How to train OpenCV cascade classifier

OpenCV ships with an application that can be used to train a cascade classifier. The steps to prepare your data and train the classifier can be quite elaborate. I have detailed the steps that I used below to train the classifier to identify an object (say car):

  • Two OpenCV programs: opencv_createsamples and opencv_traincascade will be used for this process. They should be installed along with your OpenCV. You can also compile them while compiling OpenCV from source. Make sure to enable the option BUILD_APPS in the CMake GUI. This is the option that builds these applications.

  • Prepare images that have one or more instances of the object of interest. These will be used to generate positive samples later. Also, prepare images that do not have the object of interest. These will be used to generate negative samples later.

  • It is mandatory to use opencv_createsamples to generate the positive samples for opencv_traincascade. The output of this program is a .vec file that is used as input to opencv_traincascade.

  • If you have image patches of the object and need to generate positive sample images by applying transformations (rotations) on this in 3 dimensions and then superimposing it on a background, you can do that using opencv_createsamples. See its documentation for details.

  • In my case, I already had one or more instances of the object captured with its actual background. So, what I instead had to do was to indicate the patch rectangles in each image where my object was located. You can do this by hand or by writing a simple OpenCV program to display image to you and you mark out the rectangles on the objects and stores these values in a text file. The format of this text file required by opencv_createsamples can be seen in its documentation.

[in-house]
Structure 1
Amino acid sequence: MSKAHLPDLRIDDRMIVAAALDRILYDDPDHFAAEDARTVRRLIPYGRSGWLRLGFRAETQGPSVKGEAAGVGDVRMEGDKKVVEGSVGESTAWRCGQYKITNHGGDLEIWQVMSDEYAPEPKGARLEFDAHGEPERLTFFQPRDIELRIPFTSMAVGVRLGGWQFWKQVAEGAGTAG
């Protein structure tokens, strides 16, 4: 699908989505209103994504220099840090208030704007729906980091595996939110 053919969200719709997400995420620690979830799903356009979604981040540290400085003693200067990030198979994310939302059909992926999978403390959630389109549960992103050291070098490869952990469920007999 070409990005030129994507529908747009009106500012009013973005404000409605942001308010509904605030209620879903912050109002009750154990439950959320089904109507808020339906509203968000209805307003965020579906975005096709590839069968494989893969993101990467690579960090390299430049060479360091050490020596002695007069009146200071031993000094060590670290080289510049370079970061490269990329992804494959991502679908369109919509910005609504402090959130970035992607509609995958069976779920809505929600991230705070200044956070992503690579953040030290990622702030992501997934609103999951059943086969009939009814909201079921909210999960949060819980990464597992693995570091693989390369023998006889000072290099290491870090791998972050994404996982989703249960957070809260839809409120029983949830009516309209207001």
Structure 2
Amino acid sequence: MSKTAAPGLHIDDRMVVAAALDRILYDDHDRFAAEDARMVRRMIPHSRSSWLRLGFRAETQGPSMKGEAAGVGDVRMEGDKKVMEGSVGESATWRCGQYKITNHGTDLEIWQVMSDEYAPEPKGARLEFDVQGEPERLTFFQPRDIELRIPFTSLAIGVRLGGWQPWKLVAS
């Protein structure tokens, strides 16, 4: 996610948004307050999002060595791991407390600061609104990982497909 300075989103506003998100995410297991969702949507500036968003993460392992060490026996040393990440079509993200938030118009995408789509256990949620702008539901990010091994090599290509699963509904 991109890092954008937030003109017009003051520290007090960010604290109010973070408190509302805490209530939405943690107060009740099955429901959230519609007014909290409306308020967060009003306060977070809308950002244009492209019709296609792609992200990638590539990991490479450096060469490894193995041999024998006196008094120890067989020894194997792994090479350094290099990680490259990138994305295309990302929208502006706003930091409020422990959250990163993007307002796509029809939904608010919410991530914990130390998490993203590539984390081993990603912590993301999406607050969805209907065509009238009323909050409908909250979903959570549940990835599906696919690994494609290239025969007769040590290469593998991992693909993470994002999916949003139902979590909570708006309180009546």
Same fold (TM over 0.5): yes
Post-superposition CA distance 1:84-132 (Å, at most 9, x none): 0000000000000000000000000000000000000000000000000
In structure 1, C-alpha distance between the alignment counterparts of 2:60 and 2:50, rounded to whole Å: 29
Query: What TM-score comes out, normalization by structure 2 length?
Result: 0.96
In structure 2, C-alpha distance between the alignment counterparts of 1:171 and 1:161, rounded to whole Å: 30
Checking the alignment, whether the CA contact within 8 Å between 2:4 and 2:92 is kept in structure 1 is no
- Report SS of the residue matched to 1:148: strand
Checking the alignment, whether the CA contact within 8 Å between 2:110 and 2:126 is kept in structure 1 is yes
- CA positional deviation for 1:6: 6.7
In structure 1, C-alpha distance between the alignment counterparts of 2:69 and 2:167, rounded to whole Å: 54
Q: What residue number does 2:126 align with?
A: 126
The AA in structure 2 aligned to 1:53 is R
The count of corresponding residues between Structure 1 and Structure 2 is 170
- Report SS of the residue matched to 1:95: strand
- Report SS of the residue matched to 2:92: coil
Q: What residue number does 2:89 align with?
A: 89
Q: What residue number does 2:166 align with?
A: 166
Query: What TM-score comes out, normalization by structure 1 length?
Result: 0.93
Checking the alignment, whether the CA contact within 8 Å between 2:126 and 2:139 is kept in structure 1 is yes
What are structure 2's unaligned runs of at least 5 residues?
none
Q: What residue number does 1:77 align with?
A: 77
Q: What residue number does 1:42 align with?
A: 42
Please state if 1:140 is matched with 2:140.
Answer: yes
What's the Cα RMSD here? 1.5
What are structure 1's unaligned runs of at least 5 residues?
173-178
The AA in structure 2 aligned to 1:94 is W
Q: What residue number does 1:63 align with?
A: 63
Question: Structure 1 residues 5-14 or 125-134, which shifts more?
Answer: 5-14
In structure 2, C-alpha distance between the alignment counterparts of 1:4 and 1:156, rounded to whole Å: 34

• To create the positive samples file, I invoked opencv_createsamples as:

$ opencv_createsamples -info obj-rects.txt -w 50 -h 50 -vec pos-samples.vec

Here, obj-rects.txt is a text file that has the information of the rectangles where the object is located in each image. See step above for details. The output of this program is stored in pos-samples.vec.

  • To view the positive samples that have been created by this program:
$ opencv_createsamples -vec pos-samples.vec -w 50 -h 50

Note that it switches to viewing mode when you only provide these three parameters and their values should match what you provided to create the positive samples.

  • Now we can train the cascade classifier. The details of its parameters can be seen in its documentation. I used this invocation:
$ opencv_traincascade -data obj-classifier -vec pos-samples.vec -bg neg-filepaths.txt -precalcValBufSize 2048 -precalcIdxBufSize 2048 -numPos 200 -numNeg 2000 -nstages 20 -minhitrate 0.999 -maxfalsealarm 0.5 -w 50 -h 50 -nonsym -baseFormatSave

obj-classifier is a directory where we are asking the classifier files to be stored. Note that this directory should already be created by you. pos-samples.vec is the file we generated in step above. neg-filepaths.txt is a file with list of paths to negative sample files. 2048 is the amount of MB of memory we are requesting the program to use. The more the memory, the faster the training. 200 is the number of positive samples in pos-samples.vec. This number is also reported by opencv_createsamples when it finishes its execution. 2000 is the number of negative sample image paths we have specified in neg-filepaths.txt. 20 is the number of stages in the classifier we wish. 50x50 is the size of object in these images. This should be same as what was specified with opencv_createsamples. 0.999 and 0.5 are self-explanatory. Details on all these parameters are found in the documentation.

Related: See my tips and other posts on using OpenCV Cascade Classifier.

Tried with: OpenCV 2.4.9 and Ubuntu 14.04

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